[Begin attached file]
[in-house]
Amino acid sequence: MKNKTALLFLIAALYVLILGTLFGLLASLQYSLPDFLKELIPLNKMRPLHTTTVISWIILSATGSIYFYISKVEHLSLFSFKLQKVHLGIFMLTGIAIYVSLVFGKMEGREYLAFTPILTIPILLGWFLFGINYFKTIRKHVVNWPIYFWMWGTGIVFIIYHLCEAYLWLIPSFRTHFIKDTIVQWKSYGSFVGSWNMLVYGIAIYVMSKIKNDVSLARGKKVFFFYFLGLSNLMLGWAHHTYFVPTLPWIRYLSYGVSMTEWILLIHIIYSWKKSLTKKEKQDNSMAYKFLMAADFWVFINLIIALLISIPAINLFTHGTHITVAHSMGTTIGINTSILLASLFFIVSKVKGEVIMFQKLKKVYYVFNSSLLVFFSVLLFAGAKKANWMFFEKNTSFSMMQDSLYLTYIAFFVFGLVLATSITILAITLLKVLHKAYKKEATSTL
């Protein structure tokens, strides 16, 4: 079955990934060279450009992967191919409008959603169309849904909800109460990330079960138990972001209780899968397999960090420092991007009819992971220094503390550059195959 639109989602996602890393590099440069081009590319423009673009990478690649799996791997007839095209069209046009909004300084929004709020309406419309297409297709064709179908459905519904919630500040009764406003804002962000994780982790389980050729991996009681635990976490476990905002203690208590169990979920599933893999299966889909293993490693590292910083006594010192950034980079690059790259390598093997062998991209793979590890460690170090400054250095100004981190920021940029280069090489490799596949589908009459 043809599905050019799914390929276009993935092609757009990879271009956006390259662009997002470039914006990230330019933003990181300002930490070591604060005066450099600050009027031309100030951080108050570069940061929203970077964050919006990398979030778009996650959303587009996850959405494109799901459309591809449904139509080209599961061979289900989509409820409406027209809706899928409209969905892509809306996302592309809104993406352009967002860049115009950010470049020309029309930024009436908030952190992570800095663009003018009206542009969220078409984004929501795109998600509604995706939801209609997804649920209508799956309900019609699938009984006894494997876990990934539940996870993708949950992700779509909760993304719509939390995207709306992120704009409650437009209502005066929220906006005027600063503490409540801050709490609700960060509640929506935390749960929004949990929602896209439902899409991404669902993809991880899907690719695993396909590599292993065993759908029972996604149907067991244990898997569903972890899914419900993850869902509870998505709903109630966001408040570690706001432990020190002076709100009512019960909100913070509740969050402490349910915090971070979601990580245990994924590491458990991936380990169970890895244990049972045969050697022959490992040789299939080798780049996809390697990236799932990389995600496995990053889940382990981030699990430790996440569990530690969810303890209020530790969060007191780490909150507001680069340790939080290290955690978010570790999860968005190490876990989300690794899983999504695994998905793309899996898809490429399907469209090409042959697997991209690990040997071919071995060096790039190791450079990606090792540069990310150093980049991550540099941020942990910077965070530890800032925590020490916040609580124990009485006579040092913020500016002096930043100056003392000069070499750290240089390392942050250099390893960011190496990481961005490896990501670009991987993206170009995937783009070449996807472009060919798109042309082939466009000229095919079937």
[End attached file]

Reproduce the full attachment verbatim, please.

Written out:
[in-house]
Amino acid sequence: MKNKTALLFLIAALYVLILGTLFGLLASLQYSLPDFLKELIPLNKMRPLHTTTVISWIILSATGSIYFYISKVEHLSLFSFKLQKVHLGIFMLTGIAIYVSLVFGKMEGREYLAFTPILTIPILLGWFLFGINYFKTIRKHVVNWPIYFWMWGTGIVFIIYHLCEAYLWLIPSFRTHFIKDTIVQWKSYGSFVGSWNMLVYGIAIYVMSKIKNDVSLARGKKVFFFYFLGLSNLMLGWAHHTYFVPTLPWIRYLSYGVSMTEWILLIHIIYSWKKSLTKKEKQDNSMAYKFLMAADFWVFINLIIALLISIPAINLFTHGTHITVAHSMGTTIGINTSILLASLFFIVSKVKGEVIMFQKLKKVYYVFNSSLLVFFSVLLFAGAKKANWMFFEKNTSFSMMQDSLYLTYIAFFVFGLVLATSITILAITLLKVLHKAYKKEATSTL
């Protein structure tokens, strides 16, 4: 079955990934060279450009992967191919409008959603169309849904909800109460990330079960138990972001209780899968397999960090420092991007009819992971220094503390550059195959 639109989602996602890393590099440069081009590319423009673009990478690649799996791997007839095209069209046009909004300084929004709020309406419309297409297709064709179908459905519904919630500040009764406003804002962000994780982790389980050729991996009681635990976490476990905002203690208590169990979920599933893999299966889909293993490693590292910083006594010192950034980079690059790259390598093997062998991209793979590890460690170090400054250095100004981190920021940029280069090489490799596949589908009459 043809599905050019799914390929276009993935092609757009990879271009956006390259662009997002470039914006990230330019933003990181300002930490070591604060005066450099600050009027031309100030951080108050570069940061929203970077964050919006990398979030778009996650959303587009996850959405494109799901459309591809449904139509080209599961061979289900989509409820409406027209809706899928409209969905892509809306996302592309809104993406352009967002860049115009950010470049020309029309930024009436908030952190992570800095663009003018009206542009969220078409984004929501795109998600509604995706939801209609997804649920209508799956309900019609699938009984006894494997876990990934539940996870993708949950992700779509909760993304719509939390995207709306992120704009409650437009209502005066929220906006005027600063503490409540801050709490609700960060509640929506935390749960929004949990929602896209439902899409991404669902993809991880899907690719695993396909590599292993065993759908029972996604149907067991244990898997569903972890899914419900993850869902509870998505709903109630966001408040570690706001432990020190002076709100009512019960909100913070509740969050402490349910915090971070979601990580245990994924590491458990991936380990169970890895244990049972045969050697022959490992040789299939080798780049996809390697990236799932990389995600496995990053889940382990981030699990430790996440569990530690969810303890209020530790969060007191780490909150507001680069340790939080290290955690978010570790999860968005190490876990989300690794899983999504695994998905793309899996898809490429399907469209090409042959697997991209690990040997071919071995060096790039190791450079990606090792540069990310150093980049991550540099941020942990910077965070530890800032925590020490916040609580124990009485006579040092913020500016002096930043100056003392000069070499750290240089390392942050250099390893960011190496990481961005490896990501670009991987993206170009995937783009070449996807472009060919798109042309082939466009000229095919079937």